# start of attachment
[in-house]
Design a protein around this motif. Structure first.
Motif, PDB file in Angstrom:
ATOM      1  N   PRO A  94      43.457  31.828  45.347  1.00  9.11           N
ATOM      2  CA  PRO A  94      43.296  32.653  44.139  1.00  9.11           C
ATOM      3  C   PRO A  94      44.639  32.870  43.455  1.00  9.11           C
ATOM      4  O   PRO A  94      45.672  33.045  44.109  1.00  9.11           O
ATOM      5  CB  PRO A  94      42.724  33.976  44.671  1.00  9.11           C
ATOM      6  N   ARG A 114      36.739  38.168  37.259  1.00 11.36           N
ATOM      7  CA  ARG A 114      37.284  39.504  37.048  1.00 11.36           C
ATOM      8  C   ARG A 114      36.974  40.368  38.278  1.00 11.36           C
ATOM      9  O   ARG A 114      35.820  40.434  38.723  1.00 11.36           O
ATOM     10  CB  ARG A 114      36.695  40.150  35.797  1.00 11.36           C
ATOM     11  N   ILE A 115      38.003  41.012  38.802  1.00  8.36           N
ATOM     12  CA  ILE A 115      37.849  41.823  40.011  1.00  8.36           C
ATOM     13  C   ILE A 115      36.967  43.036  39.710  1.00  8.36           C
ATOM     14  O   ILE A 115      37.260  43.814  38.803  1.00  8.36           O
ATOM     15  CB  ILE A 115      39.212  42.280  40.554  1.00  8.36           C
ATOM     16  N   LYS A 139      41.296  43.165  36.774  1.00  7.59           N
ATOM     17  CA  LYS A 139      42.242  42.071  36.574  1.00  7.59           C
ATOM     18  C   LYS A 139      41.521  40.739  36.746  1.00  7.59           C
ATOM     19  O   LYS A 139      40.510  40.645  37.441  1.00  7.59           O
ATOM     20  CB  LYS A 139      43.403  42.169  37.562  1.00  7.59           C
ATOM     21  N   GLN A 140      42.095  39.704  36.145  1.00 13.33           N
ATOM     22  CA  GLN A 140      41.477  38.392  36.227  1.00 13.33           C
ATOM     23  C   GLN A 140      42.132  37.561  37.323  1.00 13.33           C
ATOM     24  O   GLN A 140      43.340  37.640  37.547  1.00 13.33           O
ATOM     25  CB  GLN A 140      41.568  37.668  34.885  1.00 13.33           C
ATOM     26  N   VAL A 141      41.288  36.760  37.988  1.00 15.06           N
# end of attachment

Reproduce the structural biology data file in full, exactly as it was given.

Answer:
[in-house]
Design a protein around this motif. Structure first.
Motif, PDB file in Angstrom:
ATOM      1  N   PRO A  94      43.457  31.828  45.347  1.00  9.11           N
ATOM      2  CA  PRO A  94      43.296  32.653  44.139  1.00  9.11           C
ATOM      3  C   PRO A  94      44.639  32.870  43.455  1.00  9.11           C
ATOM      4  O   PRO A  94      45.672  33.045  44.109  1.00  9.11           O
ATOM      5  CB  PRO A  94      42.724  33.976  44.671  1.00  9.11           C
ATOM      6  N   ARG A 114      36.739  38.168  37.259  1.00 11.36           N
ATOM      7  CA  ARG A 114      37.284  39.504  37.048  1.00 11.36           C
ATOM      8  C   ARG A 114      36.974  40.368  38.278  1.00 11.36           C
ATOM      9  O   ARG A 114      35.820  40.434  38.723  1.00 11.36           O
ATOM     10  CB  ARG A 114      36.695  40.150  35.797  1.00 11.36           C
ATOM     11  N   ILE A 115      38.003  41.012  38.802  1.00  8.36           N
ATOM     12  CA  ILE A 115      37.849  41.823  40.011  1.00  8.36           C
ATOM     13  C   ILE A 115      36.967  43.036  39.710  1.00  8.36           C
ATOM     14  O   ILE A 115      37.260  43.814  38.803  1.00  8.36           O
ATOM     15  CB  ILE A 115      39.212  42.280  40.554  1.00  8.36           C
ATOM     16  N   LYS A 139      41.296  43.165  36.774  1.00  7.59           N
ATOM     17  CA  LYS A 139      42.242  42.071  36.574  1.00  7.59           C
ATOM     18  C   LYS A 139      41.521  40.739  36.746  1.00  7.59           C
ATOM     19  O   LYS A 139      40.510  40.645  37.441  1.00  7.59           O
ATOM     20  CB  LYS A 139      43.403  42.169  37.562  1.00  7.59           C
ATOM     21  N   GLN A 140      42.095  39.704  36.145  1.00 13.33           N
ATOM     22  CA  GLN A 140      41.477  38.392  36.227  1.00 13.33           C
ATOM     23  C   GLN A 140      42.132  37.561  37.323  1.00 13.33           C
ATOM     24  O   GLN A 140      43.340  37.640  37.547  1.00 13.33           O
ATOM     25  CB  GLN A 140      41.568  37.668  34.885  1.00 13.33           C
ATOM     26  N   VAL A 141      41.288  36.760  37.988  1.00 15.06           N